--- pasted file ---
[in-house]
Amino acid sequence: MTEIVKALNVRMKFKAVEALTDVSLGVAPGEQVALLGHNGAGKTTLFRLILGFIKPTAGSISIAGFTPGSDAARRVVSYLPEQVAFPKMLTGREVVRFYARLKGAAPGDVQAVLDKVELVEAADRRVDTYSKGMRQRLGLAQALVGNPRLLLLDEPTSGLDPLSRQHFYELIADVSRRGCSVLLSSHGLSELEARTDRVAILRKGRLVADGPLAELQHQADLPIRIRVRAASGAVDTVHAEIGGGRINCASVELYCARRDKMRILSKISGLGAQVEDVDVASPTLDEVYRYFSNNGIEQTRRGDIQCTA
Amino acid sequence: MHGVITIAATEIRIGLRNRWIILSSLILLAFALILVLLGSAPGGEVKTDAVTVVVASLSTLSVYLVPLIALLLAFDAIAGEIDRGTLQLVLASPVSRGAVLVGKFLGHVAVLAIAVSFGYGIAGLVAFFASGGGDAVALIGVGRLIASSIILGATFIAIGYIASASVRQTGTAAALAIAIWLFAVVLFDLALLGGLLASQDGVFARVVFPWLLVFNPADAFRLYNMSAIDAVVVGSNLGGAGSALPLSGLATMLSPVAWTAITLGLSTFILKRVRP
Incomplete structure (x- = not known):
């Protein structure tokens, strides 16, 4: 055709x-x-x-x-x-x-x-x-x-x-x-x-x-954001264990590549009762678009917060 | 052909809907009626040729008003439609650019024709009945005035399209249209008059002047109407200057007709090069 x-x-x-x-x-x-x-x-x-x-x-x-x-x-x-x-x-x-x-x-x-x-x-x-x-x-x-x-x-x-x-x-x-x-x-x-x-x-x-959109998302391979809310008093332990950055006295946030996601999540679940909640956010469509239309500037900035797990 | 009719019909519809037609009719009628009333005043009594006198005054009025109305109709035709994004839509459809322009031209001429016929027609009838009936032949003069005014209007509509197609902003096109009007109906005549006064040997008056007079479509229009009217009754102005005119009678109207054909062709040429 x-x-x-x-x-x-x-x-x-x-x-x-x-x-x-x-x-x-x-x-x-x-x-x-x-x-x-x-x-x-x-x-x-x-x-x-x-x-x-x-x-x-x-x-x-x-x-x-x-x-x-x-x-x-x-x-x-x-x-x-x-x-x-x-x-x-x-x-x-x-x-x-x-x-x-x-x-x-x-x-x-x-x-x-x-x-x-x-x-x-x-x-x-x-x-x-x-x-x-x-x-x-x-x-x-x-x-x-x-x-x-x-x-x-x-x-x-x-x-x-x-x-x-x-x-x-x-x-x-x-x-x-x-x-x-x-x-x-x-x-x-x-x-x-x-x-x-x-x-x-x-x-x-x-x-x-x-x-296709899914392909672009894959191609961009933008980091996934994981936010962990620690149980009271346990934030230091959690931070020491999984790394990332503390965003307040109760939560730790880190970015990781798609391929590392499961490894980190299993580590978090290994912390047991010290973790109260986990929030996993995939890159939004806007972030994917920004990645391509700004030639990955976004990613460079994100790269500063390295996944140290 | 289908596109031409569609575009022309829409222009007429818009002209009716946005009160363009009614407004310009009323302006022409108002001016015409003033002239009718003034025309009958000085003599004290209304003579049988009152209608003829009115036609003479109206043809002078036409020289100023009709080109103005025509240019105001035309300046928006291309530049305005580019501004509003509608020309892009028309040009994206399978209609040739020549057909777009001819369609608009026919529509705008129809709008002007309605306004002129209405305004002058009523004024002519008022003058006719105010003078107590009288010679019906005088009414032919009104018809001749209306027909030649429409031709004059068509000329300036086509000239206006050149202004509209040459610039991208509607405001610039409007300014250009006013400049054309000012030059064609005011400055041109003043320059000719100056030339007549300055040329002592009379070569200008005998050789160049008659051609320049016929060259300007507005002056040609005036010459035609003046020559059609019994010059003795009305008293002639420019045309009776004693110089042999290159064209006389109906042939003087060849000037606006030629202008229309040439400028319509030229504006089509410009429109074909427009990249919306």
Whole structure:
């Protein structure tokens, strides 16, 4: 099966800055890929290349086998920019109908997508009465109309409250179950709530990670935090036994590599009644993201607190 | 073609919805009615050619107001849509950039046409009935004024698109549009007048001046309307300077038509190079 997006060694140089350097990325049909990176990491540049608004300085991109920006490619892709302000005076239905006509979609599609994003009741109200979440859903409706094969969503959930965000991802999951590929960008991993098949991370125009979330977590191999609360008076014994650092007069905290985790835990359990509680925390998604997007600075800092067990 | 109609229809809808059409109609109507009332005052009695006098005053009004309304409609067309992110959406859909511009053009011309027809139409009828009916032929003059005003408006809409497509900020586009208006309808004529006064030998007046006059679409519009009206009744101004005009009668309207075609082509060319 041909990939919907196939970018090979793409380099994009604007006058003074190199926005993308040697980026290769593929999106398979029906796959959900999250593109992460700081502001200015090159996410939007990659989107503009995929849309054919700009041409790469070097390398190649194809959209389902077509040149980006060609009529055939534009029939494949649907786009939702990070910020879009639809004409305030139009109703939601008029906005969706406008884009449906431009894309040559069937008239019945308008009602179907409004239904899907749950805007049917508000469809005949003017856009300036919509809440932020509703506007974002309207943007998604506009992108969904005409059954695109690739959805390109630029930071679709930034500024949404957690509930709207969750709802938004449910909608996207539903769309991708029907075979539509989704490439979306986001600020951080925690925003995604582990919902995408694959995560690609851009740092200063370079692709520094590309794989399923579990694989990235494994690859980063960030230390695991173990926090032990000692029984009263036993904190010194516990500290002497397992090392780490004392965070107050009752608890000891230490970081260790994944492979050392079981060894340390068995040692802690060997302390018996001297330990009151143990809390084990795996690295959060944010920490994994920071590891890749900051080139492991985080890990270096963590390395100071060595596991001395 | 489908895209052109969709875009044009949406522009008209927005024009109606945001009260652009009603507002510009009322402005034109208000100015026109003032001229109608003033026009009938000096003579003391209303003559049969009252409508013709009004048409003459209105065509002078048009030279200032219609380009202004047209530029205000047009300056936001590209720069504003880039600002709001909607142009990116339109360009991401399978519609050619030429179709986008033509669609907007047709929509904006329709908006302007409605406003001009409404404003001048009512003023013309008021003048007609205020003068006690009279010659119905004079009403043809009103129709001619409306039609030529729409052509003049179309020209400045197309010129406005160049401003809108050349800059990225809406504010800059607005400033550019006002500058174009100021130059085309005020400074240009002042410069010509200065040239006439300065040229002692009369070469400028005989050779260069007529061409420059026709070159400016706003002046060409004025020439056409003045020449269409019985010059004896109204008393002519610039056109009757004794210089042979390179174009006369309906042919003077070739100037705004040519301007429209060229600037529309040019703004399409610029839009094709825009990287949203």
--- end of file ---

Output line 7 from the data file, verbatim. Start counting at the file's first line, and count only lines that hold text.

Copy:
């Protein structure tokens, strides 16, 4: 099966800055890929290349086998920019109908997508009465109309409250179950709530990670935090036994590599009644993201607190 | 073609919805009615050619107001849509950039046409009935004024698109549009007048001046309307300077038509190079 997006060694140089350097990325049909990176990491540049608004300085991109920006490619892709302000005076239905006509979609599609994003009741109200979440859903409706094969969503959930965000991802999951590929960008991993098949991370125009979330977590191999609360008076014994650092007069905290985790835990359990509680925390998604997007600075800092067990 | 109609229809809808059409109609109507009332005052009695006098005053009004309304409609067309992110959406859909511009053009011309027809139409009828009916032929003059005003408006809409497509900020586009208006309808004529006064030998007046006059679409519009009206009744101004005009009668309207075609082509060319 041909990939919907196939970018090979793409380099994009604007006058003074190199926005993308040697980026290769593929999106398979029906796959959900999250593109992460700081502001200015090159996410939007990659989107503009995929849309054919700009041409790469070097390398190649194809959209389902077509040149980006060609009529055939534009029939494949649907786009939702990070910020879009639809004409305030139009109703939601008029906005969706406008884009449906431009894309040559069937008239019945308008009602179907409004239904899907749950805007049917508000469809005949003017856009300036919509809440932020509703506007974002309207943007998604506009992108969904005409059954695109690739959805390109630029930071679709930034500024949404957690509930709207969750709802938004449910909608996207539903769309991708029907075979539509989704490439979306986001600020951080925690925003995604582990919902995408694959995560690609851009740092200063370079692709520094590309794989399923579990694989990235494994690859980063960030230390695991173990926090032990000692029984009263036993904190010194516990500290002497397992090392780490004392965070107050009752608890000891230490970081260790994944492979050392079981060894340390068995040692802690060997302390018996001297330990009151143990809390084990795996690295959060944010920490994994920071590891890749900051080139492991985080890990270096963590390395100071060595596991001395 | 489908895209052109969709875009044009949406522009008209927005024009109606945001009260652009009603507002510009009322402005034109208000100015026109003032001229109608003033026009009938000096003579003391209303003559049969009252409508013709009004048409003459209105065509002078048009030279200032219609380009202004047209530029205000047009300056936001590209720069504003880039600002709001909607142009990116339109360009991401399978519609050619030429179709986008033509669609907007047709929509904006329709908006302007409605406003001009409404404003001048009512003023013309008021003048007609205020003068006690009279010659119905004079009403043809009103129709001619409306039609030529729409052509003049179309020209400045197309010129406005160049401003809108050349800059990225809406504010800059607005400033550019006002500058174009100021130059085309005020400074240009002042410069010509200065040239006439300065040229002692009369070469400028005989050779260069007529061409420059026709070159400016706003002046060409004025020439056409003045020449269409019985010059004896109204008393002519610039056109009757004794210089042979390179174009006369309906042919003077070739100037705004040519301007429209060229600037529309040019703004399409610029839009094709825009990287949203």